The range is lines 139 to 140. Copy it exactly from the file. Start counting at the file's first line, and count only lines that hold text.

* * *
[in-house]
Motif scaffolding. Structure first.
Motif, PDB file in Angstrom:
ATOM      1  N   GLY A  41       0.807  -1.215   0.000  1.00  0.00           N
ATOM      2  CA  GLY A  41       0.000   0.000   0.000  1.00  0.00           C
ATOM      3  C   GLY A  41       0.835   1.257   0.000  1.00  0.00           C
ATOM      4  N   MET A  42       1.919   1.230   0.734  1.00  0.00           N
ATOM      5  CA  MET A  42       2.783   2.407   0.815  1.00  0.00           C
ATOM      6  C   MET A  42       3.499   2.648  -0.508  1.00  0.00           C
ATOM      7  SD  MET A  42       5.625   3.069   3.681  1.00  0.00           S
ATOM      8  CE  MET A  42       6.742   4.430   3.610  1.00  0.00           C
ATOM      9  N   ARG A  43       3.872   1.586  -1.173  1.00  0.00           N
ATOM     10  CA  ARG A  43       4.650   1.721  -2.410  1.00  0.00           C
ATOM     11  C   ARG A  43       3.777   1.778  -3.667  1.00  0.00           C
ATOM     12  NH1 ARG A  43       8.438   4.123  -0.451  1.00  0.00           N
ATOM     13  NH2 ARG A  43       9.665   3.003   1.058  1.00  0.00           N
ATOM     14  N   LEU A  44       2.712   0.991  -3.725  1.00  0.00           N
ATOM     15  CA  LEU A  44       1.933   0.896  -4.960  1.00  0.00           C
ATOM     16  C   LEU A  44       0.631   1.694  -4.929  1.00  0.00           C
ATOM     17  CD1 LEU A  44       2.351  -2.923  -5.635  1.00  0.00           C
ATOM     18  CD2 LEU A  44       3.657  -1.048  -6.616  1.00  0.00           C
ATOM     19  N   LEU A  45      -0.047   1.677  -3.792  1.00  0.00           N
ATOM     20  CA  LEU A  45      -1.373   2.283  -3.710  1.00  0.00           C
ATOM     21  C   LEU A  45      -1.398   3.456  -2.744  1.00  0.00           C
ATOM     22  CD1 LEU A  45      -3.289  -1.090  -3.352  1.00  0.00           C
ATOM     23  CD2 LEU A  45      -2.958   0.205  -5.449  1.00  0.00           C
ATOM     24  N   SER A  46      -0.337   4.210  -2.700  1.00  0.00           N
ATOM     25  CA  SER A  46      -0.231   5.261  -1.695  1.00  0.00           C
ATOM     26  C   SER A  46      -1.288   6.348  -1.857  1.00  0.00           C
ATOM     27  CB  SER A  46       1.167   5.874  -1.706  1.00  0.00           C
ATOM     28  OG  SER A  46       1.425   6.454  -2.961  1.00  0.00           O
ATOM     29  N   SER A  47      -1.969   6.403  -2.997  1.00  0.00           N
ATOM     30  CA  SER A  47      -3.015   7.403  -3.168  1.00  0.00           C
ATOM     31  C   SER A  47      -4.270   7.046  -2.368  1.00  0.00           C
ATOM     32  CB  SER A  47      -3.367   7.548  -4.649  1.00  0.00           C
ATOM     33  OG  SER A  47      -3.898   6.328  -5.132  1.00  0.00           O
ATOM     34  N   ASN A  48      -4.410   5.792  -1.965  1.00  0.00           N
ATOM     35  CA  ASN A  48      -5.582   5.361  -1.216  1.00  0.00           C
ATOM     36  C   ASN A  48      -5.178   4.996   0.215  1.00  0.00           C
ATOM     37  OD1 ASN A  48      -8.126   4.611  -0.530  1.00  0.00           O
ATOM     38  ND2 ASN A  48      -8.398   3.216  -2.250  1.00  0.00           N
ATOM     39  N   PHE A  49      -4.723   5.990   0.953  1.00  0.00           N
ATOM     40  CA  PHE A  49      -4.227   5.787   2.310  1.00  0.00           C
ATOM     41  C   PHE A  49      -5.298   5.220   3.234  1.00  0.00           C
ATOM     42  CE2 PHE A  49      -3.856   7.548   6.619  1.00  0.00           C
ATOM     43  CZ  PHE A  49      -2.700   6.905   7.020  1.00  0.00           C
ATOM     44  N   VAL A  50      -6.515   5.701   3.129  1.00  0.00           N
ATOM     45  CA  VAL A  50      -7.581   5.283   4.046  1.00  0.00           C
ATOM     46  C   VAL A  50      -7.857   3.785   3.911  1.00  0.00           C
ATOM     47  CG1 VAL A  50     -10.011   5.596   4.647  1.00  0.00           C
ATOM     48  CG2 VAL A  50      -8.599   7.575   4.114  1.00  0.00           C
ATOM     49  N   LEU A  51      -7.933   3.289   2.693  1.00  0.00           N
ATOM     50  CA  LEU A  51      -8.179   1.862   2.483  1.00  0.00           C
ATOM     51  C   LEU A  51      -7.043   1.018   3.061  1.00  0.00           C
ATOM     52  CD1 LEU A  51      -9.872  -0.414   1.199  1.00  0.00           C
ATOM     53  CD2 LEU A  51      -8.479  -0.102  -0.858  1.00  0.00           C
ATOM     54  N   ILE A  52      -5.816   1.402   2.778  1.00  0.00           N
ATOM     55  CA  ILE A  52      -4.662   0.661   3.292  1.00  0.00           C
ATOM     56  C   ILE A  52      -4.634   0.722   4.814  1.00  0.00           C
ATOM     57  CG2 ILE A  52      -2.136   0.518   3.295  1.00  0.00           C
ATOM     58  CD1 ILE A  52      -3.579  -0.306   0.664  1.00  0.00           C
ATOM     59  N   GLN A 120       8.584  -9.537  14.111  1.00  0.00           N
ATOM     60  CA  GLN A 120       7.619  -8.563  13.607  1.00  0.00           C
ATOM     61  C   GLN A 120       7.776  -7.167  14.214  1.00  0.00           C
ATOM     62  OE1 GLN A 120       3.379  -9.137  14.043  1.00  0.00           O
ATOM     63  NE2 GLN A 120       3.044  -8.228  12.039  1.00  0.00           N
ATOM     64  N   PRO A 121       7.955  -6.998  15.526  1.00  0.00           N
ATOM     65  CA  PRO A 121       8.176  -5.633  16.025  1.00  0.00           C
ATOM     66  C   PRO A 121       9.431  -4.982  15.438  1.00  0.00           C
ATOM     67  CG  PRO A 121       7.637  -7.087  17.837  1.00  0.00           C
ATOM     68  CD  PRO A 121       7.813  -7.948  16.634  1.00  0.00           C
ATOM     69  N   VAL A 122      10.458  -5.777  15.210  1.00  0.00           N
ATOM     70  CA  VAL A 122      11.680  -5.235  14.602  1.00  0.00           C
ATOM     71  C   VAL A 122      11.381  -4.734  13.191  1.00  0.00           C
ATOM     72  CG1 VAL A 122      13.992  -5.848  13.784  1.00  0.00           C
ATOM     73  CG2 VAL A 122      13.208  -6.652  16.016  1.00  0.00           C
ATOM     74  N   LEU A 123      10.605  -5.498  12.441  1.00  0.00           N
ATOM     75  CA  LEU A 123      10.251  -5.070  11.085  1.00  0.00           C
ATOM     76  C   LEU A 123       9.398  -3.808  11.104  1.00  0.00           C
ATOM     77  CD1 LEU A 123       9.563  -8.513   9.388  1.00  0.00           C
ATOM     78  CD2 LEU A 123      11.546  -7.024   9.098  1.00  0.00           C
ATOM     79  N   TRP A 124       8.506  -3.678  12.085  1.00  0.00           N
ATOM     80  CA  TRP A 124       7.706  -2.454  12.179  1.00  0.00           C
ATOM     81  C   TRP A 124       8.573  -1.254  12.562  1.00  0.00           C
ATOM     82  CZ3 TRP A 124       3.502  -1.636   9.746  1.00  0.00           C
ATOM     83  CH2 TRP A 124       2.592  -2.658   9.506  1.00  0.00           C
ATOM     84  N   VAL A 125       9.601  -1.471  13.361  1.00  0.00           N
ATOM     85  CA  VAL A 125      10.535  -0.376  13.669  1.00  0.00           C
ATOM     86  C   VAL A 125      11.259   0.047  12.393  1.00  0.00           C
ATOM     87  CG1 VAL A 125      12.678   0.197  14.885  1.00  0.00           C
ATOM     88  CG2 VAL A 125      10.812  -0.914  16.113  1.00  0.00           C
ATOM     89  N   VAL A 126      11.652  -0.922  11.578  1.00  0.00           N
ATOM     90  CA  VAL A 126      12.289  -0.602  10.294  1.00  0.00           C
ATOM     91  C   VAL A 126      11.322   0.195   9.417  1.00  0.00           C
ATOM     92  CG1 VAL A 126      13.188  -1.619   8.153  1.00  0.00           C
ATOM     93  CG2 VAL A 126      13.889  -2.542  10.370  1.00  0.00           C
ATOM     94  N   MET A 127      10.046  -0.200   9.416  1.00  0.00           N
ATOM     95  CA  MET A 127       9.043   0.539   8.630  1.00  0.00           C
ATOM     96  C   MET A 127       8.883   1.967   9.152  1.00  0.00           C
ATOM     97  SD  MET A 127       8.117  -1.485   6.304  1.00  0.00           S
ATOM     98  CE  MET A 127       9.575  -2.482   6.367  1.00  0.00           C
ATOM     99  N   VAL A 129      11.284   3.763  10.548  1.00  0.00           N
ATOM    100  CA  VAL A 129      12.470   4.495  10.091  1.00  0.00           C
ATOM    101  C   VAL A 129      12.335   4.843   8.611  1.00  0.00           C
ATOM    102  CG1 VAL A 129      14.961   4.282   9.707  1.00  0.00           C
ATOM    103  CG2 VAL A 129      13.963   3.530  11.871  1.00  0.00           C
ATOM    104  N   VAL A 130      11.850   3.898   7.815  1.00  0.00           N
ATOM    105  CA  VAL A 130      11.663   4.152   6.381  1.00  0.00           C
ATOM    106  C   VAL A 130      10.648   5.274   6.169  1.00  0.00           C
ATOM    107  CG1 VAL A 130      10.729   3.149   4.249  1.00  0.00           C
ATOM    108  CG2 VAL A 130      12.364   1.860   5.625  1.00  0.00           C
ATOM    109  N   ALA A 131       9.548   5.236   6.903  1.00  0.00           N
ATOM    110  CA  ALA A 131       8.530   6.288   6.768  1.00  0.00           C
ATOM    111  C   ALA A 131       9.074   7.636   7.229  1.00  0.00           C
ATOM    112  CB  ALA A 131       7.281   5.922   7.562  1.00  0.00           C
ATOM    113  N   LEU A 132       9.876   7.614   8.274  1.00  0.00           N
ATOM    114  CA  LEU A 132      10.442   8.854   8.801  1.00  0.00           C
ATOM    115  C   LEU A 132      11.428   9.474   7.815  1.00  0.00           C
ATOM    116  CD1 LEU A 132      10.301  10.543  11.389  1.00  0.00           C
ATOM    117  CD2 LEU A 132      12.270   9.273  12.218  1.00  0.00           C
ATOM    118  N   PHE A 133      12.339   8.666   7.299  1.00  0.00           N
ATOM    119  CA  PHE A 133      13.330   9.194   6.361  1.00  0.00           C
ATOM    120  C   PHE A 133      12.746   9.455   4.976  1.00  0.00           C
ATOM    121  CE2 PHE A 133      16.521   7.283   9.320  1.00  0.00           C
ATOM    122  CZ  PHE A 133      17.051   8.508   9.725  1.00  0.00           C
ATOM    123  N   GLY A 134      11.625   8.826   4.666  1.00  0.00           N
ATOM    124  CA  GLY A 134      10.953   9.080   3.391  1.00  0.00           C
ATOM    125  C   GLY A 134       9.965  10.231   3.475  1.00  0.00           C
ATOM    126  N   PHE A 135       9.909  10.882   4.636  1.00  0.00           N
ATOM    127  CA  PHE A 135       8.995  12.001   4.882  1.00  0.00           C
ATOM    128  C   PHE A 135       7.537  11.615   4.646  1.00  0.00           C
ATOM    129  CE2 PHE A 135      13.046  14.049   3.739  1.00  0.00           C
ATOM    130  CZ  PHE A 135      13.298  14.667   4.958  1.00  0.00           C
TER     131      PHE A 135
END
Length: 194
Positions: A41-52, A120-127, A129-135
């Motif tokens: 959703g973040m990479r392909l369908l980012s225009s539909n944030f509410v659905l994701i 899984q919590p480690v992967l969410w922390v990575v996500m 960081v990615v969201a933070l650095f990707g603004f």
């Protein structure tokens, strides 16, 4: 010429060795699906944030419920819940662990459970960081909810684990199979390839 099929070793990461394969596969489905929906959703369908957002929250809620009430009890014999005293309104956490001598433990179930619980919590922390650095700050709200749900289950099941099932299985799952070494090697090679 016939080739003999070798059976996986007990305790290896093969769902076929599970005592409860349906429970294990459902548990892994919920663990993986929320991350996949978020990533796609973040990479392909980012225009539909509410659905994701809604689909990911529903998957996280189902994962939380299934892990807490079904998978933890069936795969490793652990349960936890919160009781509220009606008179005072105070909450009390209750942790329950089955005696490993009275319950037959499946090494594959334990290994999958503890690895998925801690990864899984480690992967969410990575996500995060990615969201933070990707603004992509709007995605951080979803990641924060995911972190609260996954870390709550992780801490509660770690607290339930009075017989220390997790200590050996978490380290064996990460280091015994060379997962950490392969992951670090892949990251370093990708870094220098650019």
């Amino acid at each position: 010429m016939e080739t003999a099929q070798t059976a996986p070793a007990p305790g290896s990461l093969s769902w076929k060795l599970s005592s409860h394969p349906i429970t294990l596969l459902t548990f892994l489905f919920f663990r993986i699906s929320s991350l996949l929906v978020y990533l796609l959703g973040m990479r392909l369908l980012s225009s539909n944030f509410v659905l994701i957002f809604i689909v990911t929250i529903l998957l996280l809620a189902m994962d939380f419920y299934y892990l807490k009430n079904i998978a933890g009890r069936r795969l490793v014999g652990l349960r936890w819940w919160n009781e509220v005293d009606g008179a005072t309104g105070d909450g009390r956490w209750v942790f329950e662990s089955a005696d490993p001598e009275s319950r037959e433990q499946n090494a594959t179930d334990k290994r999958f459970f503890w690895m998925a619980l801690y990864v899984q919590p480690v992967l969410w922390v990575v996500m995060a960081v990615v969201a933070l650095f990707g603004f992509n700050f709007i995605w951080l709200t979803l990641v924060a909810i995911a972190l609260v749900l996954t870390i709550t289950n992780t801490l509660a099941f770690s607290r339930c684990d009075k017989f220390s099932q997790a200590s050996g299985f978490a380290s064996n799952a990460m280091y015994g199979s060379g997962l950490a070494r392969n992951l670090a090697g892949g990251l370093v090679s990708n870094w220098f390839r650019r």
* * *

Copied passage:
């Protein structure tokens, strides 16, 4: 010429060795699906944030419920819940662990459970960081909810684990199979390839 099929070793990461394969596969489905929906959703369908957002929250809620009430009890014999005293309104956490001598433990179930619980919590922390650095700050709200749900289950099941099932299985799952070494090697090679 016939080739003999070798059976996986007990305790290896093969769902076929599970005592409860349906429970294990459902548990892994919920663990993986929320991350996949978020990533796609973040990479392909980012225009539909509410659905994701809604689909990911529903998957996280189902994962939380299934892990807490079904998978933890069936795969490793652990349960936890919160009781509220009606008179005072105070909450009390209750942790329950089955005696490993009275319950037959499946090494594959334990290994999958503890690895998925801690990864899984480690992967969410990575996500995060990615969201933070990707603004992509709007995605951080979803990641924060995911972190609260996954870390709550992780801490509660770690607290339930009075017989220390997790200590050996978490380290064996990460280091015994060379997962950490392969992951670090892949990251370093990708870094220098650019």
């Amino acid at each position: 010429m016939e080739t003999a099929q070798t059976a996986p070793a007990p305790g290896s990461l093969s769902w076929k060795l599970s005592s409860h394969p349906i429970t294990l596969l459902t548990f892994l489905f919920f663990r993986i699906s929320s991350l996949l929906v978020y990533l796609l959703g973040m990479r392909l369908l980012s225009s539909n944030f509410v659905l994701i957002f809604i689909v990911t929250i529903l998957l996280l809620a189902m994962d939380f419920y299934y892990l807490k009430n079904i998978a933890g009890r069936r795969l490793v014999g652990l349960r936890w819940w919160n009781e509220v005293d009606g008179a005072t309104g105070d909450g009390r956490w209750v942790f329950e662990s089955a005696d490993p001598e009275s319950r037959e433990q499946n090494a594959t179930d334990k290994r999958f459970f503890w690895m998925a619980l801690y990864v899984q919590p480690v992967l969410w922390v990575v996500m995060a960081v990615v969201a933070l650095f990707g603004f992509n700050f709007i995605w951080l709200t979803l990641v924060a909810i995911a972190l609260v749900l996954t870390i709550t289950n992780t801490l509660a099941f770690s607290r339930c684990d009075k017989f220390s099932q997790a200590s050996g299985f978490a380290s064996n799952a990460m280091y015994g199979s060379g997962l950490a070494r392969n992951l670090a090697g892949g990251l370093v090679s990708n870094w220098f390839r650019r």